Bladder problems in dogs
The first step to recognizing if your dog is unwell or suffering from a urinary problem is understanding the symptoms. Every dog is different, but if you see your dog displaying one of these common symptoms, it's essential you visit your vet.
Symptoms and causes of urolithiasis in dogs
Just under 20% of all urinary problems presented to vets are diagnosed as urolithiasis, also known as the formation of "stones" in the bladder or urinary tract. These stones are a build up of different minerals that are present in your dog's urine; if the concentration of minerals is too great, their body struggles to get rid of them and they start to crystallize.
If your dog is suffering from stones, they might struggle to urinate or find urination painful because the stone is blocking their urinary tract. Certain dogs are more prone to urolithiasis, such as smaller breeds; they have lower volumes of urine and urinate less frequently, which means the concentration of chemicals is higher. It's also more common in mature and male dogs.
Treatments for dogs with urolithiasis
Depending on the severity of the problem, your vet may decide to remove the stone surgically to prevent your dog from experiencing further discomfort. However, dietary and lifestyle changes are commonly used to help dissolve any stones and prevent further ones from forming.
A high moisture diet—such as from wet food—helps to dilute your dog's urine and prevent a build up of minerals; you should also encourage your dog to drink plenty of water and let them out to urinate frequently. Specialized diets can also help change the pH level of your dog's urine and prevent certain types of stones from forming.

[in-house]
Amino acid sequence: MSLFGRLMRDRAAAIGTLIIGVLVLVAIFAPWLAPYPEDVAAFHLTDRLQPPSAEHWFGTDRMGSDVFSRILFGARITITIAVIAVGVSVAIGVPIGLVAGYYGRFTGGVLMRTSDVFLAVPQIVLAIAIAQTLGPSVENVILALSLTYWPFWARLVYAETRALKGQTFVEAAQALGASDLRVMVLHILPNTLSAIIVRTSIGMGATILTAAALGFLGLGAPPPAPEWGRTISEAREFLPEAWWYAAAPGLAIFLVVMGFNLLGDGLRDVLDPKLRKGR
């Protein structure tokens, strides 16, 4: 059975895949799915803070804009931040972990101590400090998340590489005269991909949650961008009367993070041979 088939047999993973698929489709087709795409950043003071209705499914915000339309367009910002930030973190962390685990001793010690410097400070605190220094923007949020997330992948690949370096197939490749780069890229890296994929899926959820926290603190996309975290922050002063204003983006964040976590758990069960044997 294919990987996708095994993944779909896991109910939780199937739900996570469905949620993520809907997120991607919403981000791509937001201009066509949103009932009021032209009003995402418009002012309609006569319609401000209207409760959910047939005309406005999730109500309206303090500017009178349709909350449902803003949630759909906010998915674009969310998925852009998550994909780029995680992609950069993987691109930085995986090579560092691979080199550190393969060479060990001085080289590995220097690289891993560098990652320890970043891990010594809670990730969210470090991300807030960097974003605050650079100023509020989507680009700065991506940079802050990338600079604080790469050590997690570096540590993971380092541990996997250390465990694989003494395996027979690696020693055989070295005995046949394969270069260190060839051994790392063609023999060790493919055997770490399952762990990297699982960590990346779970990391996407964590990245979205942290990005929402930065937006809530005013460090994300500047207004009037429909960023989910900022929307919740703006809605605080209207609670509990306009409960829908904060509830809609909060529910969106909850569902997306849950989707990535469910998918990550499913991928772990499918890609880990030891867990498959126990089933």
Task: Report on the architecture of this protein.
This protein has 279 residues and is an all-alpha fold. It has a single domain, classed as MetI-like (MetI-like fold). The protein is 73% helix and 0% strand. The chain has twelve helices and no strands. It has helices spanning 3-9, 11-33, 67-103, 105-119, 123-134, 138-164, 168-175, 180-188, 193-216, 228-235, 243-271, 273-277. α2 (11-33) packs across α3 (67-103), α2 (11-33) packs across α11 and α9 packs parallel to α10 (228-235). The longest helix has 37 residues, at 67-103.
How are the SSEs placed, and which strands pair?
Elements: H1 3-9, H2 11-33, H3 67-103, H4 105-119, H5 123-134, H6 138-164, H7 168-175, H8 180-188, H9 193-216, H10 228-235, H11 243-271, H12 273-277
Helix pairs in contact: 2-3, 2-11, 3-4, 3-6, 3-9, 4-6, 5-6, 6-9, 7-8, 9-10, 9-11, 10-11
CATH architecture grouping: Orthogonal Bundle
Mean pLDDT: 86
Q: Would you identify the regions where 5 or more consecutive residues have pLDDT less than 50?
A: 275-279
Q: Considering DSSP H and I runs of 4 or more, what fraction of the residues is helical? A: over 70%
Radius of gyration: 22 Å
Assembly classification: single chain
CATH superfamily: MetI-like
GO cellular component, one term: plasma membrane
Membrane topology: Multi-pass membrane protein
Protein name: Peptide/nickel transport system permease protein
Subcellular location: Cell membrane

Symptoms, causes, and treatments of UTIs in dogs
Lower urinary tract infections, or UTIs, are a frequent diagnosis of urinary problems, particularly among female dogs. An infection normally occurs when bacteria from debris or bodily fluids enters the urinary tract accidentally, although the infection can be a symptom of a weakened immune system. UTIs also occur if your dog has a chronic illness such as kidney or bladder disease or diabetes.
If your dog has a UTI, it will attempt to urinate frequently, often straining to do so and not necessarily being able to. Their urine might be cloudy or bloody, and they may dribble urine. They might also lick around the urinary opening to try and alleviate any irritation. In severe cases, your dog may also have a fever.
Your vet will conduct a thorough examination to determine the cause of your dog's UTI. If it is an infection, they will be treated with antibiotics. You should also encourage your dog to drink plenty of water so they are urinating frequently.
Symptoms, causes, and treatments of bladder issues in your dog
Bladder problems are common in dogs, and are often related to UTIs and urolithiasis. The bladder is responsible for storing urine, with muscles connected to the bladder signalling to your dog when it's time to urinate. Obstructions, include stones or growths, can interrupt these signals, while an infection can cause irritation and pain.
The symptoms of a bladder problem can include difficulty urinating, frequent attempts to urinate, and weak or non-existent urine when your dog is eventually successful. Your dog may have a distended abdomen and be in pain, and in severe cases may lose its appetite or vomit.
Treating bladder problems may involve your vet putting a catheter on your dog to relieve their bladder while the vet identifies the cause of the issue. A complete blockage of the urinary tract can be fatal, as your dog won't be able to get rid of waste products, so your vet may recommend surgery. They could also suggest medication and dietary changes to help manage any bladder problems in the future.
Because of importance of the urinary tract in ridding your dog of toxins, it's crucial you contact your vet if you notice any of the symptoms mentioned here. Your vet will be able to determine the cause and provide you with the best care possible for your pet.